By Owain Jones
AMID GREAT fanfare in the cavernous Live Room at Twickenham, Debbie Jevans, CEO of ER2015, and assembled rugby dignitaries, sat at the raised top table to announce the fixtures and venues for the 2015 Rugby World Cup.
Amid the usual platitudes and soundbites on a sun-soaked morning at Twickenham, it was the eye-watering numbers that stood out, showing how far the games has progressed since England last hosted the Rugby World Cup in 1991.
Brett Gosper, the IRB Chief Executive announced that the competition would be viewed by a global audience of 4 billion across 207 ‘territories’ with the proceeds from the 44-day tournament represent 92 per cent of the IRB’s revenue to inject into the game. They project revenue from the tournament will reach a none-too-shabby £300m
There will be 2.65 million tickets released to the public, most likely in early 2014 – which is a reduction of 300,000 on previous estimates, mainly due to Old Trafford withdrawing last month.
This last fact has raised real concerns of ticket price hikes, in order for the ER2015 to meet targets set by the IRB, including an £80m staging fee.
In all, there will be 48-games crammed into an exhaustive six-week schedule that will take rugby around England at 13 stadiums, nine of which are at football stadiums, or as Jevans tactfully put it, ‘multi-sport venues’.
The organisers were proud to announce that 92 per cent of the population would be within 50 miles of one of the stadiums. It will still be a testament to the organizers if they can mobilise the casual fan to games and reach the 2.3m ticket sales needed to break-even, especially when the behemoth that is the Premier League is in full flow.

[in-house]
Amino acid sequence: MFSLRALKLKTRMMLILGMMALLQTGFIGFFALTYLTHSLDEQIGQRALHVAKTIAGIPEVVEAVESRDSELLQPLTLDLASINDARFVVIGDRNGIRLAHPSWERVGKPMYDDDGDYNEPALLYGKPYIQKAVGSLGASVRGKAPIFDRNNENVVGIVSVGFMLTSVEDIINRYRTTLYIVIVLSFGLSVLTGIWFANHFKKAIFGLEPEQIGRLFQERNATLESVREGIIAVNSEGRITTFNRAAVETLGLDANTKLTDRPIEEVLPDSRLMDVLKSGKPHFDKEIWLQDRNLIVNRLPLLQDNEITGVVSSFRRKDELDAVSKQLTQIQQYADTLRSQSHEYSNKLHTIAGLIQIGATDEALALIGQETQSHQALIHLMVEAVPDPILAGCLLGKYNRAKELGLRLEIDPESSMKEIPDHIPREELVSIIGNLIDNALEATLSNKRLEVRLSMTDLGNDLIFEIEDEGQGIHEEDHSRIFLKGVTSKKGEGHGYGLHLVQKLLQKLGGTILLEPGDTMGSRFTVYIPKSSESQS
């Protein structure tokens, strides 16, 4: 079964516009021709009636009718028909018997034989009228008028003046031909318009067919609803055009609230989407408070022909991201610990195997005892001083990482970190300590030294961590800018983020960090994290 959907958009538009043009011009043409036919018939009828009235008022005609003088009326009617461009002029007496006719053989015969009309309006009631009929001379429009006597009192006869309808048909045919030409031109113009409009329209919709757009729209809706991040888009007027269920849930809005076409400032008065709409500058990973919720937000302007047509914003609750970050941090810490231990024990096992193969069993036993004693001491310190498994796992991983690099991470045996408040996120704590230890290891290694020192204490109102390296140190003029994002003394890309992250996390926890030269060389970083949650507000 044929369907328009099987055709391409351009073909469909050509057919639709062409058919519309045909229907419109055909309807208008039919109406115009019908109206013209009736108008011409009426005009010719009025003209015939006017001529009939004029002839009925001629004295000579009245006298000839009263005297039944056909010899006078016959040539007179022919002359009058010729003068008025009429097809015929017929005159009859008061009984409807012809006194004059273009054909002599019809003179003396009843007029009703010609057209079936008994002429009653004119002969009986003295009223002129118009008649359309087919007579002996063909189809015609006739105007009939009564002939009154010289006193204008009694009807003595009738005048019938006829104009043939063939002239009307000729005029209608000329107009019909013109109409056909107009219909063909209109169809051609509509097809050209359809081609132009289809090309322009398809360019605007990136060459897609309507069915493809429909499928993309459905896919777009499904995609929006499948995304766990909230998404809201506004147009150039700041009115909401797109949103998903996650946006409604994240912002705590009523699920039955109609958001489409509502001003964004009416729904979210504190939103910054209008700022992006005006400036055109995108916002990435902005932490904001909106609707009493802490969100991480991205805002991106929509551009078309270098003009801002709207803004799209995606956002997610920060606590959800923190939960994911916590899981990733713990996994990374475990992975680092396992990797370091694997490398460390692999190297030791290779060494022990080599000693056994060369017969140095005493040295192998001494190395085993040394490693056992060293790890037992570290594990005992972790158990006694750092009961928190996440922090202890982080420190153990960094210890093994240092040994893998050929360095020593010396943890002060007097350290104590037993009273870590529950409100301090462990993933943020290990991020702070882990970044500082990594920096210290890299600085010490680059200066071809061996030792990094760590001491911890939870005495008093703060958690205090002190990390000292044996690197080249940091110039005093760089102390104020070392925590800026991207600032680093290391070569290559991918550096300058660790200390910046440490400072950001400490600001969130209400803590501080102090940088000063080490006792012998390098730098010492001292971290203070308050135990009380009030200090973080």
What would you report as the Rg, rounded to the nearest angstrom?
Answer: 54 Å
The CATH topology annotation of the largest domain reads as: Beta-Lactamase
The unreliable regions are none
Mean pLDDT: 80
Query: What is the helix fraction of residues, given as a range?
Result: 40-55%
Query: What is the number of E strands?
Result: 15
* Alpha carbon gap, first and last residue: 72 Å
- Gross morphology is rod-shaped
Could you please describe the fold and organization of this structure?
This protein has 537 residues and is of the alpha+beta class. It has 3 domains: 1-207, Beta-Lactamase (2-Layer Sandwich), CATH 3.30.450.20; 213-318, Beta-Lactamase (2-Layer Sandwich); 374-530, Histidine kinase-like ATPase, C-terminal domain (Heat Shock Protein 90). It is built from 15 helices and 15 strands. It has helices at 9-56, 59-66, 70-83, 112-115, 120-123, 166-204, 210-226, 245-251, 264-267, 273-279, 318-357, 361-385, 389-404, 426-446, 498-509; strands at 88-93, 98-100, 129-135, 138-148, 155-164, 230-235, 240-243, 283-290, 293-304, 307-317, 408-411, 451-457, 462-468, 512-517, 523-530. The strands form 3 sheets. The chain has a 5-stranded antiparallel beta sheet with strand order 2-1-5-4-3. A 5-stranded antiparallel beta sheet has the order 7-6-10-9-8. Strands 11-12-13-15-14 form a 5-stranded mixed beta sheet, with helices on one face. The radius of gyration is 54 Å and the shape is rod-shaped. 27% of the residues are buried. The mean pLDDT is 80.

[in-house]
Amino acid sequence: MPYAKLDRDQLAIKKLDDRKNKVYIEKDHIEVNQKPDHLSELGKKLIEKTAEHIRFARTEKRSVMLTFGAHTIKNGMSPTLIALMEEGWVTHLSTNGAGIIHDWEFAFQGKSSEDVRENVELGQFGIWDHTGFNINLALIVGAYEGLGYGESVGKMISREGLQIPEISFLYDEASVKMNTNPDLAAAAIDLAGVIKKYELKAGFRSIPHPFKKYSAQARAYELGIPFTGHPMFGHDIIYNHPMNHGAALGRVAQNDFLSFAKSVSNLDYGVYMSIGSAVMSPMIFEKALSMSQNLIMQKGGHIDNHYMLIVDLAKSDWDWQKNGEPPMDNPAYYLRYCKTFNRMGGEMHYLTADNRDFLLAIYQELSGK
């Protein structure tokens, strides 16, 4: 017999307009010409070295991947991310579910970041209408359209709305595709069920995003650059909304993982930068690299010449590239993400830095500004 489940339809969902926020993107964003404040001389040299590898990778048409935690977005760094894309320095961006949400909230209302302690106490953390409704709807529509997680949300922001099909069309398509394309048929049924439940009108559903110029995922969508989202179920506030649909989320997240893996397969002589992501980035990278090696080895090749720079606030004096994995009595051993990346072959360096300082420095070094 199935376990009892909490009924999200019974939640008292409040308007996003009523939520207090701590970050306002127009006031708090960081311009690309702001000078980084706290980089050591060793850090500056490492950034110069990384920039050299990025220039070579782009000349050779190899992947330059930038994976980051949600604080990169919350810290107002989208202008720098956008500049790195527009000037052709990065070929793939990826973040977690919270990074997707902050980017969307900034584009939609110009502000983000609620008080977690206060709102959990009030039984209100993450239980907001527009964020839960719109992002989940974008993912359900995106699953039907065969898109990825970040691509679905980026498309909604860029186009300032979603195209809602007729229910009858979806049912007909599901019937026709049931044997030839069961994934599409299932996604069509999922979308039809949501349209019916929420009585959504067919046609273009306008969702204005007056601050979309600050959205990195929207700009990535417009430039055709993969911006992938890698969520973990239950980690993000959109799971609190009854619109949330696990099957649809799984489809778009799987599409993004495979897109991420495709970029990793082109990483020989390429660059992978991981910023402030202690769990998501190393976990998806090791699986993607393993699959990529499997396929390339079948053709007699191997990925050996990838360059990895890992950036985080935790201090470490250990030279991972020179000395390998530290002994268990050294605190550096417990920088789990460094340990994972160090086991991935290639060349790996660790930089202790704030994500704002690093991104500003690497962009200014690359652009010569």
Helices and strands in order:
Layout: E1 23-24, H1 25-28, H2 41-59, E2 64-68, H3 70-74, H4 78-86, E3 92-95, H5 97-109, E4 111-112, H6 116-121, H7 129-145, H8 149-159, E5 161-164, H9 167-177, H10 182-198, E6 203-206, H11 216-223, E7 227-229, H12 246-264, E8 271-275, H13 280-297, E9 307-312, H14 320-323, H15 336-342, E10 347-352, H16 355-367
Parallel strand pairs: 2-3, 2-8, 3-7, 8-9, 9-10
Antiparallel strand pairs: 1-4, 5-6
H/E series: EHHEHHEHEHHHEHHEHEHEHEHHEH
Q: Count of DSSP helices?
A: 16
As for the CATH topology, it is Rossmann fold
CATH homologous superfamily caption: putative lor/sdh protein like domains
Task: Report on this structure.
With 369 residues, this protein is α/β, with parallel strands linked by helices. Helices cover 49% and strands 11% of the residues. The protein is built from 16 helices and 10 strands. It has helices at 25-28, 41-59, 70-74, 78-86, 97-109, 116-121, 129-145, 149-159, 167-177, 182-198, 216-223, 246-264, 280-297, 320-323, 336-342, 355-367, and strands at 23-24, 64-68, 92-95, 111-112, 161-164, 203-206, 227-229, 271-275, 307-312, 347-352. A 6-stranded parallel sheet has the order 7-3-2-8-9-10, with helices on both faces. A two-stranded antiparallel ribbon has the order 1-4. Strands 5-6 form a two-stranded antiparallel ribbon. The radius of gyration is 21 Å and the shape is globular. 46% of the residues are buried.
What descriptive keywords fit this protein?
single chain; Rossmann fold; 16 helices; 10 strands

Tournament ambassador Lawrence Dallaglio started the call-to-arms by asking for ‘the whole country to be up on its feet.’
The geographic spread is all part of a wider vision to spread the game in non-traditional rugby areas, with the North East (St James’ Park), North-West (Etihad, Elland Road) selected. However, with 16 matches taking place within London, at Wembley, Twickenham or the Olympic Stadium, there have already been claims that the tournament is too ‘London-centric’. These claims were swiftly and politely rejected.
Traditionalists will also be smarting, pointing to the fact that only two Aviva Premiership grounds, Sandy Park and Kingsholm, will host games, with those at Franklins’ Gardens and Welford Road, upset to have been overlooked.
The Tigers, who this week have provided six Lions to the squad, have found it especially difficult to reconcile the fact that their atmospheric old ground has been overlooked for the newer Leicester City Stadium, which lies just half-a-mile away, and houses 6,000 more seats.
Dallaglio was quick to point out that the Tigers had already used the stadium for larger Heineken Cup matches.
One winner from the fixture schedule appears to be the WRU and the Welsh economy who were quick to trumpet a £100m boost to the economy after securing eight games, but crucially, not the key England and Australia games. This despite a tongue-in-cheek invitation from WRU Chief Executive Roger Lewis.
Those mouth-watering tests will take place at Twickenham, as RFU Chief Executive was keen to point out, ‘it’s our World Cup’.
Despite expected gripes given by fans and the media over ticketing and location, by October 31, 2015, when the final whistle blows on the tournament, ER2015 will hope they can look back on the most (commercially) successful tournament in rugby history. We wish them luck.
Wembley Stadium (90,256 capacity)
Millennium Stadium (74,154)
Olympic Stadium (54,000)
St James’ Park (52,409)
Etihad Stadium (47,800)
Villa Park (42,785)
Elland Road (37,914)
Leicester City (32,312)
Brighton Community Stadium (30,750)
Stadium MK (30,717)
Sandy Park (12,300)